By Mideno Bayagbon
Contact: 08055069059 (Whatsapp only)
rofessor Chinua Achebe of blessed memory in his seminal work on the many failures of Nigeria as a nation, put the blame squarely on leadership. The trouble with Nigeria, he noted, is simply “a failure of leadership… The Nigerian problem is the unwillingness or inability of its leaders to rise to the responsibility, to the challenge of personal example which is the hallmarks of true leadership”.
Yet this is a nation which produced the likes of Nnamdi Azikiwe, Ahmadu Bello, Obafemi Awolowo, Pa Enahoro, Balarabe Musa, and the rest.
Among our many failures as a nation that Professor Achebe identified in the ten chapter book, which he published in 1983, are tribalism, indiscipline, corruption, false image of ourselves, social injustice and the cult of mediocrity.
And eight years after his death, Nigeria and its leadership cadre, failing to learn the invaluable lessons which the book tried to highlight, have sunk to a level, no one alive in 1983 could have dreamt was possible. Every one of the problems identified by Achebe, so long ago, is still with us; but at a more terrifying and calamitous level.
A careful study of the perpetuator of the leadership failure identified by Achebe almost 40 years ago, today, is the so called federal system of government which we pretend to practice. And it has become clear that if we don’t tame this monster now, the nation’s current descent into the abyss could accelerate into an implosion of unimaginable proportions.
What do I mean? Our current leadership recruitment process, under the presidential system is faulty and cannot encourage the breeding of good leaders.
Most of the leaders who have seized the corridor and room of power in the last 22 years have done so, not to serve their fabled constituents, but to feather their own nest. They are in politics, from all available indices because they see it as the quickest route to unearned wealth. Politics has become an industry to access the commonwealth for self.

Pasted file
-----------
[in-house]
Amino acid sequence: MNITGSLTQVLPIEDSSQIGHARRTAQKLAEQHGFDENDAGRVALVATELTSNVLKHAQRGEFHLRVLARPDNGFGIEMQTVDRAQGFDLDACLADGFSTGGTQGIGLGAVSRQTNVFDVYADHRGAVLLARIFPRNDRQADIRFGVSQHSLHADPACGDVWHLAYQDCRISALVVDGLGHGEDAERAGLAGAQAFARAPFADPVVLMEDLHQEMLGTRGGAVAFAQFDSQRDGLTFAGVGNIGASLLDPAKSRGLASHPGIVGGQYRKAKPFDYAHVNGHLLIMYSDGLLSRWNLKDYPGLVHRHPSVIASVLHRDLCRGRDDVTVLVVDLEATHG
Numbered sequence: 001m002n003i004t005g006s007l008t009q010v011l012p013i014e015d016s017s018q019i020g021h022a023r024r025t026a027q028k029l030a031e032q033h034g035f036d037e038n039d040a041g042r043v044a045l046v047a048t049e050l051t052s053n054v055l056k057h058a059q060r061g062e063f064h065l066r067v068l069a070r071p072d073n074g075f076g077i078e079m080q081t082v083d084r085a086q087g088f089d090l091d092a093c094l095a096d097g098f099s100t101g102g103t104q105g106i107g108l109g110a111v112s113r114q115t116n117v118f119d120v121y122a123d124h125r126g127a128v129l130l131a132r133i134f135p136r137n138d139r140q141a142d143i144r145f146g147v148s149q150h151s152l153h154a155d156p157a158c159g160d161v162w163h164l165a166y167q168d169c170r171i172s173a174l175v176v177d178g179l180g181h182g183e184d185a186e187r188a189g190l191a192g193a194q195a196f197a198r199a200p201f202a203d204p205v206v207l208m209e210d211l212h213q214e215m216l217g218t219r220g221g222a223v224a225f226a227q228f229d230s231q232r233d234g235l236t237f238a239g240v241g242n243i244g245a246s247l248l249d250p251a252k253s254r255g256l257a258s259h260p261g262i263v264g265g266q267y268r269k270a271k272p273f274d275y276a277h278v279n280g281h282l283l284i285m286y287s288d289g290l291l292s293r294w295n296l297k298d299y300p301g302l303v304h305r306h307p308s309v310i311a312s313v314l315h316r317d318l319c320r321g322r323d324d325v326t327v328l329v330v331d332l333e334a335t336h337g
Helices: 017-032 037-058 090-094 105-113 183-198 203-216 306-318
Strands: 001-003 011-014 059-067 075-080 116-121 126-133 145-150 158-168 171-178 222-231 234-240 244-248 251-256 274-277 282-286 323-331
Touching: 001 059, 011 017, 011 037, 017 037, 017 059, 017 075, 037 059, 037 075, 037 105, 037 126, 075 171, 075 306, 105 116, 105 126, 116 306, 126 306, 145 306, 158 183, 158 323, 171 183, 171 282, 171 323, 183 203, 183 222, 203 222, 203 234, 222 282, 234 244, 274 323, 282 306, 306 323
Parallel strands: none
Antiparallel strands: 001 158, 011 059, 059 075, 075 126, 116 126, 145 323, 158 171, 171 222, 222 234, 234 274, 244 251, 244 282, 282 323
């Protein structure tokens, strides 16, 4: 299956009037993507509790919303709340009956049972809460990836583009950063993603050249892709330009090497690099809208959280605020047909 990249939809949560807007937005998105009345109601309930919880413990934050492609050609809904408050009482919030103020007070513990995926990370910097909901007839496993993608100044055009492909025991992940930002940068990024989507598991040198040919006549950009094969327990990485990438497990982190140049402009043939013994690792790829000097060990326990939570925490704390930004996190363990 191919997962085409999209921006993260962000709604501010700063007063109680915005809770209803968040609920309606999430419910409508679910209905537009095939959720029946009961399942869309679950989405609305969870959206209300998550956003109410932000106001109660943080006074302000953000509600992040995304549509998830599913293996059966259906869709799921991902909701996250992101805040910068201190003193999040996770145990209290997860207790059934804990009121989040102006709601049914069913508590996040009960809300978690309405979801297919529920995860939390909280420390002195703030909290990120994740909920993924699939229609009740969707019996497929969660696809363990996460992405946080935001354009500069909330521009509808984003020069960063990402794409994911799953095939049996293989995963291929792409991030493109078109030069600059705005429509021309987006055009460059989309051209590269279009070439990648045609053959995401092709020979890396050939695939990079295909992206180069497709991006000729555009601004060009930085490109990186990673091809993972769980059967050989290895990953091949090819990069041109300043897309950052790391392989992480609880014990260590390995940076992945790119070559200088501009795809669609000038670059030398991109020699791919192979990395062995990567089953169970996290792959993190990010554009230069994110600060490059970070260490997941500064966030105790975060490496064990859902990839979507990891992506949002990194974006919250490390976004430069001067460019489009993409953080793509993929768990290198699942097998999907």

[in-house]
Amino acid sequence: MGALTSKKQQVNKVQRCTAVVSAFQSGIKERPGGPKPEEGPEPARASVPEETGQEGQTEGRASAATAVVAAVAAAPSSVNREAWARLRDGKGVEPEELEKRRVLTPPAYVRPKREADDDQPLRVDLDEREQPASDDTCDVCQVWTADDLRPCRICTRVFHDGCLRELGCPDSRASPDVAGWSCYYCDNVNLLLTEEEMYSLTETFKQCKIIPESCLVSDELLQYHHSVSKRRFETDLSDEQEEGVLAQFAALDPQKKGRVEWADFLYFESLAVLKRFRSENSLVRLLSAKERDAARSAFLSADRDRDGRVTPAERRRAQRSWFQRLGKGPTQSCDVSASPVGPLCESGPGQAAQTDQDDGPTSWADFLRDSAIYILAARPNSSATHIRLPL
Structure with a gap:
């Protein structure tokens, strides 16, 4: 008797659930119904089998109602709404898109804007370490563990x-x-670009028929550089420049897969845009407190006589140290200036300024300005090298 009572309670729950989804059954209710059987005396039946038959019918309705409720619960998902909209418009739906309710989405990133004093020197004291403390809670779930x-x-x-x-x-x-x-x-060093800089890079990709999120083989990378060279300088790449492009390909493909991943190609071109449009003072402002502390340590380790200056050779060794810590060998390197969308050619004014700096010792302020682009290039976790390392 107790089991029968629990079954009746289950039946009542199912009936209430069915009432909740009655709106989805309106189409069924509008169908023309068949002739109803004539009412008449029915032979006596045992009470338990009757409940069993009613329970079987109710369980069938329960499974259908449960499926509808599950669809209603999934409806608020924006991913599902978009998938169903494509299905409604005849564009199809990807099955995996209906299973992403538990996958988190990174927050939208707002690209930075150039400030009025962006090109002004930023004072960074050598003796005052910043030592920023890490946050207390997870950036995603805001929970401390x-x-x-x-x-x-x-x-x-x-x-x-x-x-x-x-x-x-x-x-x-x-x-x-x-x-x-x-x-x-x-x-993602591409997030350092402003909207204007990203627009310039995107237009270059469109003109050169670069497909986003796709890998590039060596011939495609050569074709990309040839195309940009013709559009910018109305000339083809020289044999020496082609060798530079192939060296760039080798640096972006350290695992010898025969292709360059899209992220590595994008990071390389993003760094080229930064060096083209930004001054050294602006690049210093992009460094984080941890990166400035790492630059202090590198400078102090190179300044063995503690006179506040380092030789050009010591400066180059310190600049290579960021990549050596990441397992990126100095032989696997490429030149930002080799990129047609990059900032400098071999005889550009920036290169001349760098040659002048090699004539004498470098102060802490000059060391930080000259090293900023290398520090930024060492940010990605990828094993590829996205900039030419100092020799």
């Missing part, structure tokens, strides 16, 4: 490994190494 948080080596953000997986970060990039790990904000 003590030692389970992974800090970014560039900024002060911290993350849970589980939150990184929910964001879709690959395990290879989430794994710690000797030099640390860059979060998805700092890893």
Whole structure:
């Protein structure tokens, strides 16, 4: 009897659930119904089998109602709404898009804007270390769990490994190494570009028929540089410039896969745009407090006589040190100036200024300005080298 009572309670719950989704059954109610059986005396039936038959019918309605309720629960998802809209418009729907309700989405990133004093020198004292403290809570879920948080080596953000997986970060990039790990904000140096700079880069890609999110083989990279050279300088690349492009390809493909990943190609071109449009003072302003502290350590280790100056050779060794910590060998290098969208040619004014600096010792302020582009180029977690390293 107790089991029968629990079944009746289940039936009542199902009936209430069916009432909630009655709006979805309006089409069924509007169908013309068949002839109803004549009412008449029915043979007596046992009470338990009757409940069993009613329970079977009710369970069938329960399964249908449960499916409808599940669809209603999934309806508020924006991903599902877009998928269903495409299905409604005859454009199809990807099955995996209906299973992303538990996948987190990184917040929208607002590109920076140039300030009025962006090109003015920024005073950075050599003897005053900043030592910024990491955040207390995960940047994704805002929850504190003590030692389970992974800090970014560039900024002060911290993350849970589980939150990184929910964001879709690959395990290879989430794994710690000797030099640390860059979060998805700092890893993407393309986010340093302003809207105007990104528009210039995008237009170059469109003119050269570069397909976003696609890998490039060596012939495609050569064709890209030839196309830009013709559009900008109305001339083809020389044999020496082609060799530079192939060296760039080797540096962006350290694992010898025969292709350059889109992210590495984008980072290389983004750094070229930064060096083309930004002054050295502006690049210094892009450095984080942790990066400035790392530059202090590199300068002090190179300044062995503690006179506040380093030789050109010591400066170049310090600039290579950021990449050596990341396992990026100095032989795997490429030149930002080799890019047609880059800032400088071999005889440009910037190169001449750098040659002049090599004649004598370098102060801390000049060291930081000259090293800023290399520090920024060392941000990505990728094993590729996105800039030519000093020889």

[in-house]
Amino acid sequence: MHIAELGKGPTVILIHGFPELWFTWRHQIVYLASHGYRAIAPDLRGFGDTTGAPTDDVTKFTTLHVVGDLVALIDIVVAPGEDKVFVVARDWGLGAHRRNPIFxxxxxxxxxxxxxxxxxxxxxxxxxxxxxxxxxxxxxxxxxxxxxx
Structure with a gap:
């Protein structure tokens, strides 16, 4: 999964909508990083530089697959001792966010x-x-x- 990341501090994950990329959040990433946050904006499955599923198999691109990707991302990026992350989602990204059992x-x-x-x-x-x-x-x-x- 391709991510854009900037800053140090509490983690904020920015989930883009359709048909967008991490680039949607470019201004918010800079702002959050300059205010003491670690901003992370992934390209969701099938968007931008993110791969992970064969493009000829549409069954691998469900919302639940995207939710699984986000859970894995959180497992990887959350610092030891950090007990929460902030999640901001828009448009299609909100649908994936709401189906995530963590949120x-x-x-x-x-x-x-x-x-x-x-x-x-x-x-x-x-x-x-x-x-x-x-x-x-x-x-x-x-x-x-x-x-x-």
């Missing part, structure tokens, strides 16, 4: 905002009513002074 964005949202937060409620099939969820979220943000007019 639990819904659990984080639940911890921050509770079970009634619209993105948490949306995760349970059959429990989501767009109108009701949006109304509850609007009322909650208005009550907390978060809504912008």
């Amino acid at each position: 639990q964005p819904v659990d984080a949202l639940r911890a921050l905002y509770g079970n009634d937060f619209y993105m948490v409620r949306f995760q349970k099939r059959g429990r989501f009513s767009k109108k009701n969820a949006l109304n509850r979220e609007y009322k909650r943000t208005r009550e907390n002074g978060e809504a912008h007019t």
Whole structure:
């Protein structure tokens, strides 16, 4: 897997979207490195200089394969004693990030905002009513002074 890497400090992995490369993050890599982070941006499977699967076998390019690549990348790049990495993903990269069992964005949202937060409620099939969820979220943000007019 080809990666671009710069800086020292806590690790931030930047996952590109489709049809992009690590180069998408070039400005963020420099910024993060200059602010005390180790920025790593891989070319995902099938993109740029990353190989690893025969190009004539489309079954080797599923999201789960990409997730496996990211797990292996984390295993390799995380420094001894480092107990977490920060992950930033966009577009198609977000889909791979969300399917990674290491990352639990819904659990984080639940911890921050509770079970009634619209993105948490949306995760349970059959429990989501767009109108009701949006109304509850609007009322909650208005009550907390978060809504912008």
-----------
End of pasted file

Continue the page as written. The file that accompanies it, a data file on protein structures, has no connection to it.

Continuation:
Most of the people who have taken to politics are those without any verifiable pedigree. Ruffians, scammers, the jobless, the criminally intentioned have swarmed our corridors of power and the few true leaders have had to take a back seat. It is so bad today that no one who truly wants to serve, will venture into politics.
First let us look at the type of leaders the presidential system has thrown up since 1999 when we began this democratic march.
All agree that the best of us have left the worse of us to seize the reins of power. From the local councillor to the President of the nation, in 22 years, money, sheer devilry and impunity have ruled our politics. For the jobless, the deviously criminal-minded, politics has become the major route to unearned wealth.
Secondly, the presidential system is wasteful, stupendously expensive and is an incubator of corruption; at least our variant of it.
My contention is that the presidential system is bad for a poor country like Nigeria which also has the unfortunate distinction for profligacy and corruption.